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DAVID GREENE, HOST:

Now, we should say that whenever the Boston Marathon is run - as it was yesterday - hospitals in the city always staff up their emergency rooms. But they are expecting runners with cramps or dehydration, maybe the occasional heart attack. What they actually received yesterday was far worse. They admitted more than 100 victims, and NPR's Richard Knox reports on how they're handling it.

RICHARD KNOX, BYLINE: Like most big-city hospitals these days, Tufts Medical Center runs regular disaster drills, featuring simulated patients smeared with fake blood. So when word came yesterday afternoon that there'd been an explosion at the Boston Marathon finish line, staffers weren't sure what was happening. Robert Osgood, the hospital's emergency management chief, recalls those first moments.

ROBERT OSGOOD: There was sort of this beat where everybody in the emergency department sort of stopped for a second. And it was almost like you could hear each other breathing. And everybody looked at me and said, is this another one of your crazy drills? And the first thing I said was no, this is not a drill. This is for real. We need to huddle up.

KNOX: At first, they thought it was something accidental, like a manhole cover explosion.

OSGOOD: But once we actually found out that this was a manmade event, there's a certain mental toll that sort of hits a switch in some of the staff. And they say, why would somebody do this?

KNOX: But soon, there was no time for such thoughts. Terribly injured patients began coming through the emergency room doors of every big hospital in the city. Across town at the Beth-Israel Deaconess Medical Center, emergency room specialist Stephen Epstein describes the carnage.

DR. STEPHEN EPSTEIN: Limbs that were severed; limbs that, you know, we hope we can save, and some that we might not be able to save. A lot of very horrific injuries that we saw here today.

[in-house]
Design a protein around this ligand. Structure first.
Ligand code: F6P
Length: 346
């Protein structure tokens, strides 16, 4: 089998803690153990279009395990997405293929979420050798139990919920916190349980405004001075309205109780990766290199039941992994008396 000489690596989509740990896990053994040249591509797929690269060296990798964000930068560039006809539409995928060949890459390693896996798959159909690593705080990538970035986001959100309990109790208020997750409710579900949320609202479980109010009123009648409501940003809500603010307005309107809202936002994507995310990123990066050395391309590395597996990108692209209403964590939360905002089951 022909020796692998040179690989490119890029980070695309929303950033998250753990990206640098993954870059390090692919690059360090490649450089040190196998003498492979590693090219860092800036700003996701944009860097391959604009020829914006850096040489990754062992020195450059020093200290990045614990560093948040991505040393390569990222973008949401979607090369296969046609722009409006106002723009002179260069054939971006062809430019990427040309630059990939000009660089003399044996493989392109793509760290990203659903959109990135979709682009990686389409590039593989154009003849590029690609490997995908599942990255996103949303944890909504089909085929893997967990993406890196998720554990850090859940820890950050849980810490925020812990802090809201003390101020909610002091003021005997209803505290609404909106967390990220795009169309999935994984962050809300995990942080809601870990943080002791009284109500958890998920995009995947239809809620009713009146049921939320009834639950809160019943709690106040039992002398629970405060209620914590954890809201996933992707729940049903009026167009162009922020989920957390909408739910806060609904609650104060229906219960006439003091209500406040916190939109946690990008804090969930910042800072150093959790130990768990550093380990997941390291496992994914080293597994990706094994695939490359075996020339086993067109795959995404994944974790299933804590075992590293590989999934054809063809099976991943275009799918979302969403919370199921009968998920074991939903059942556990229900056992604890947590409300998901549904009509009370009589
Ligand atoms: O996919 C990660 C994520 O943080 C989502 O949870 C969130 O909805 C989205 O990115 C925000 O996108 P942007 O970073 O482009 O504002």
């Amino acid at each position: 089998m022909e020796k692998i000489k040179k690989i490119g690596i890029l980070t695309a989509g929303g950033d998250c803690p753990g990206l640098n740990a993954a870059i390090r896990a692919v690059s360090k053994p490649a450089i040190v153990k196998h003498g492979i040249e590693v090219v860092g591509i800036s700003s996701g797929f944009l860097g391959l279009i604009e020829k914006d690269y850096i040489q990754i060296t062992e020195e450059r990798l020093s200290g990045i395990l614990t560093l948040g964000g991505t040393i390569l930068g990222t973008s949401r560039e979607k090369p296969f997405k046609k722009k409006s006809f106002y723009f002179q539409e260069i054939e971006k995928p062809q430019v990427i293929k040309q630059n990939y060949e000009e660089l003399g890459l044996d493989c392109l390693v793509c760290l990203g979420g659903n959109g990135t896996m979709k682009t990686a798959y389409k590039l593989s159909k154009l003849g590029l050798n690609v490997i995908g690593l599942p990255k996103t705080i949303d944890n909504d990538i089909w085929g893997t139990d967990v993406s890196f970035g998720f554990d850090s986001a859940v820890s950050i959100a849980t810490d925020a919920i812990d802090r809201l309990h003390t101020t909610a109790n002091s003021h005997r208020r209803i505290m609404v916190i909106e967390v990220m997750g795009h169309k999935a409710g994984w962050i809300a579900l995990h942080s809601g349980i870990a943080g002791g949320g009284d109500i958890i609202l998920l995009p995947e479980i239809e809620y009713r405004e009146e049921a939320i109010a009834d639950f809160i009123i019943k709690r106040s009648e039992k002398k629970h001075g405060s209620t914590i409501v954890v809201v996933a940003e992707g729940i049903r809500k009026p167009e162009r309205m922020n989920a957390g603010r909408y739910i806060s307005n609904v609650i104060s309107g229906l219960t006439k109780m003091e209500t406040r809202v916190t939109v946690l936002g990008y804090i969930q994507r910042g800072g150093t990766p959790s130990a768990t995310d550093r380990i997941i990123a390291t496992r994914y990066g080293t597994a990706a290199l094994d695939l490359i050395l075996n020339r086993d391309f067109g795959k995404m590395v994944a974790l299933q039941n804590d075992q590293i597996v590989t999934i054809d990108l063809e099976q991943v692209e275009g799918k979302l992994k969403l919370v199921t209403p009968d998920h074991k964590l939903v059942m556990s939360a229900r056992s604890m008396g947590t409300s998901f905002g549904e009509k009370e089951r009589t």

KNOX: He says some patients near the blasts had soot around their mouths and noses. That's a sign they'd breathed in scorching air. They needed to be put on ventilators right away because that kind of burn causes rapid swelling that can shut down people's airways and suffocate them. Many had pieces of glass and metal embedded in their chests and necks. Ruptured eardrums from the blast were common.

EPSTEIN: The device that went off today, for lack of a better term, was an improvised explosive device; and that's exactly what a number of our troops in Iraq and Afghanistan have had to deal with.

KNOX: And like those wounded troops, doctors say, many of those injured in the marathon blast will require a lot of rehabilitation - both physical and mental. Dr. William Mackey is chief of surgery at Tufts Medical Center.

DR. WILLIAM MACKEY: These were very disabling injuries, in that the blast caused a lot of soft-tissue injury but also, the shrapnel just rips through the tissues.

KNOX: Mackey says his hospital quickly canceled all elective surgery as his colleagues tried to repair the damage as well as they could. Patients needed hours of surgery, but Mackey says it was just the beginning for many victims.

MACKEY: They will definitely need repeated operations.

KNOX: It wasn't until 9 p.m. that Mackey could sit down in his office and try to absorb the events. He says it had been a very discouraging day.

MACKEY: Because you don't associate the Boston Marathon with anything but a great sense of pride in the city; pride in the athletes that train so hard to, you know, run the marathon. And to have this happen, you know, it's very disorienting. It's been a very upsetting day in many, many ways.

KNOX: But jittery as this city is today, Mackey doesn't think the marathon bombings are going to intimidate Boston in the long haul.

MACKEY: I don't think Bostonians are going to be terrorized by this. I think they're going to be motivated by this. I sure hope more people than ever turn out for next year's marathon.

KNOX: If they do, it's a safe bet all of them will be thinking about what happened at the finish line of the 2013 Boston Marathon.

Richard Knox, NPR News, Boston.

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